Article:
The United States Postal Service is on the brink of financial collapse. Right now, your elected representatives are reviewing the options. To save the Postal Service, $16.8 billion in spending must be cut over 2 years.

Your mission: be the Congressman, weigh solutions the Postal Service says would save money, and decide how you'd save $16.8 billion. Bonus: find $5.8 billion savings to replace aging postal delivery trucks. So roll up your sleeves, enter your information and get to work saving the Postal Service. The clock is ticking…"
Your Postal Savings
Saved: 0 Billion Dollars
$16.8 billion to Save USPS.
Americans visit Post Offices less and less these days. Customer visits are down 14% in just the last three years as we increasingly choose email over paper mail. Yet the Postal Service still maintains 32,000 Post Offices across the country: more than the number of McDonalds, Starbucks and 7-11s combined.

Savings Opportunity #1:
  • Save $0. Keep all open.
  • Save $2 billion. Close 1/4, targeted to areas with multiple Post Offices
  • Save $4 billion. Close 1/2, targeted to areas with multiple Post Offices and low demand
The amount of mail handled by the Postal Service is dropping like a rock - down more than 20% since 2006 - as Americans choose email and eCommerce instead. Yet the Postal Service is still built to handle mail at record levels.

Savings Opportunity #2:
  • Save $0. Do nothing
  • Save $2 billion. Trim excess Postal Service capacity to match the amount of mail Americans actually send.
The Postal Service is forced - by law - to deliver every day but Sunday, even if customers don't need it.

Savings Opportunity #3:
  • Save $0. Keep forcing Postal Service to deliver on the weekend.
  • Save $6 billion. Let the Postal Service deliver Monday through Friday.
The Postal Service gives certain customers special deals and subsidies, charging them far less than the actual cost of delivery. Who pays the rest? Everyone else.

Savings Opportunity #4:
  • Save $0. Keep the special Postal Service subsidies.
  • Save $3.4 billion. Treat each customer equally.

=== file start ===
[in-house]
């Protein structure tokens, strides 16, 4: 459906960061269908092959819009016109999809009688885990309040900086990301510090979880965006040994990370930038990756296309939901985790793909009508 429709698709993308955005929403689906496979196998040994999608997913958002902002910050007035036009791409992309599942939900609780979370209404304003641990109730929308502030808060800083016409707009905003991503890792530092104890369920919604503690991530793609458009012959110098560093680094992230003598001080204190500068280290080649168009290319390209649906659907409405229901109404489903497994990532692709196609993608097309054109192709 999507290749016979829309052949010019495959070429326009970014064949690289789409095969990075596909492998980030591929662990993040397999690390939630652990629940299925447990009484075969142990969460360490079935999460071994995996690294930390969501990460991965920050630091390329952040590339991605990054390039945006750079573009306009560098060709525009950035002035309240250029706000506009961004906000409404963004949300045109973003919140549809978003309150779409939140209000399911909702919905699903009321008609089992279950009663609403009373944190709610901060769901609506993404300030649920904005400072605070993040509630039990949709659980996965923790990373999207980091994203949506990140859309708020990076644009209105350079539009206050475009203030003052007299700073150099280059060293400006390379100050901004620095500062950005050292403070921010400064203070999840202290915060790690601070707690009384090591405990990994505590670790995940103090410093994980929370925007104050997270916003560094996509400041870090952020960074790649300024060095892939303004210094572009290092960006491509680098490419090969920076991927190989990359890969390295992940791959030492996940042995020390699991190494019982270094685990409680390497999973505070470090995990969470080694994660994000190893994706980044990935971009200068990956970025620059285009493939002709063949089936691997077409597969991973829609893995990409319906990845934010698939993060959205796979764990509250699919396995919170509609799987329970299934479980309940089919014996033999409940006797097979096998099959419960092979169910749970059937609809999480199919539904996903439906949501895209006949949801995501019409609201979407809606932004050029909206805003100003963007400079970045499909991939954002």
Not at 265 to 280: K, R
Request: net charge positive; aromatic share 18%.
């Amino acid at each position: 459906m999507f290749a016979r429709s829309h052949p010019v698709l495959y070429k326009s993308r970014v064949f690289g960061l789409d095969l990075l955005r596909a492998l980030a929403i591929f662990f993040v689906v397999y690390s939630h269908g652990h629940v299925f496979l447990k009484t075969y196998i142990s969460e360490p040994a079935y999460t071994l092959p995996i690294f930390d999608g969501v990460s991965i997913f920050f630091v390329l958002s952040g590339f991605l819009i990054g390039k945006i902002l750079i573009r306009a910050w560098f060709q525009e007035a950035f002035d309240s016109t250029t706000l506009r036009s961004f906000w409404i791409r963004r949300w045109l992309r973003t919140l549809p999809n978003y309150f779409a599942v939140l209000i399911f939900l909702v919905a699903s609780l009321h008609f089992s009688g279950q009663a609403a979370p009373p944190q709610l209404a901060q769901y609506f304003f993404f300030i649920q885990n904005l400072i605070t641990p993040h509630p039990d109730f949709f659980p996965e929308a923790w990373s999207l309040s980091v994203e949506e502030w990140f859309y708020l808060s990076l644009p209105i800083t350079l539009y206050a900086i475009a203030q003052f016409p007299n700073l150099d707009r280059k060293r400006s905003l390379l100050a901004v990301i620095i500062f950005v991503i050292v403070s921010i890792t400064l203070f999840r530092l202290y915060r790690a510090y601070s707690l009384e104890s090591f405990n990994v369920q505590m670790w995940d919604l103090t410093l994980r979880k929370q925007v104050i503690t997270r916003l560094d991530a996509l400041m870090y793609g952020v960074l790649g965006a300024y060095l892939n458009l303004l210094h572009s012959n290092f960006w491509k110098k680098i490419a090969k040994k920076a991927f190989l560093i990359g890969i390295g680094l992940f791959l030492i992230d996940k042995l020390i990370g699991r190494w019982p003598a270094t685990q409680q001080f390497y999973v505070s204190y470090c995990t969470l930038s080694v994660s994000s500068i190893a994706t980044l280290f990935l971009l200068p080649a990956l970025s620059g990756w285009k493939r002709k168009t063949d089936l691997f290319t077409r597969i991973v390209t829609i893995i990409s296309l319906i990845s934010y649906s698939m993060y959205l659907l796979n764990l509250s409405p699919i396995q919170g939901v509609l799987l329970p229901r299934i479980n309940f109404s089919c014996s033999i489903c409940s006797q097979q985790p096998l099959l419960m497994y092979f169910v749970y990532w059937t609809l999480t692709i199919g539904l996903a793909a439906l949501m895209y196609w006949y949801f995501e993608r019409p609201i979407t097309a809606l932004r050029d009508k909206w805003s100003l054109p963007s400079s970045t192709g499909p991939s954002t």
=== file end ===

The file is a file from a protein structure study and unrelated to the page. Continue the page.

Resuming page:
Did you know the Postal Service spends 80% of its money on labor costs? Competitors like FedEx and UPS spend 20-40% less on labor. A big reason is Postal workers only pay 21% of their health care costs and 0% of life insurance costs. Even federal government workers pay more: 28% of healthcare costs and 100% of life insurance costs.

Savings Opportunity #5:
  • Save $0. Let the Postal Service shift the bulk of its health and life insurance costs to customers and possibly taxpayers.
  • Save $1.4 billion. Ask postal workers to pay the same rates as federal workers.
Even if customers don't want or need it, the Postal Service still delivers all the way to the doorstep at more than 35 million addresses. Each door delivery address costs $353 per year. For each address, moving the mailbox to the curb saves $129 a year and delivering to a neighborhood mailbox cluster - like an apartment building - saves $193 a year. Americans who can't get to the curb or cluster on their own still would receive door delivery.

Savings Opportunity #6:
  • Save $0. Force the Postal Service to keep delivering to the door, regardless of need.
  • Save $10 billion. Move mailboxes to the curb, keep door delivery for those who need it.
  • Save $14 billion. Deliver to neighborhood mailbox clusters, keep door delivery for those who need it.
Some postal special interests, and even Members of Congress, don't want to choose any of these sensible savings solutions. They favor shifting financial responsibility to a taxpayer-funded bailout instead. One suggestion calls for taxpayers to pay $75 billion. That's far more than even the $52 billion General Motors received. Another calls for more incremental taxpayer subsidies of the Postal Service.

Savings Opportunity #7:
  • Use up to $75 billion to subsidize the Postal Services operations as part of a taxpayer funded rescue.
  • Tell the Postal Service there's no taxpayer-funded bailout check in the mail and ask them to support some of the same sensible solutions you just did.

  • Submit your plan to show Congress your common-sense solutions to save the Postal Service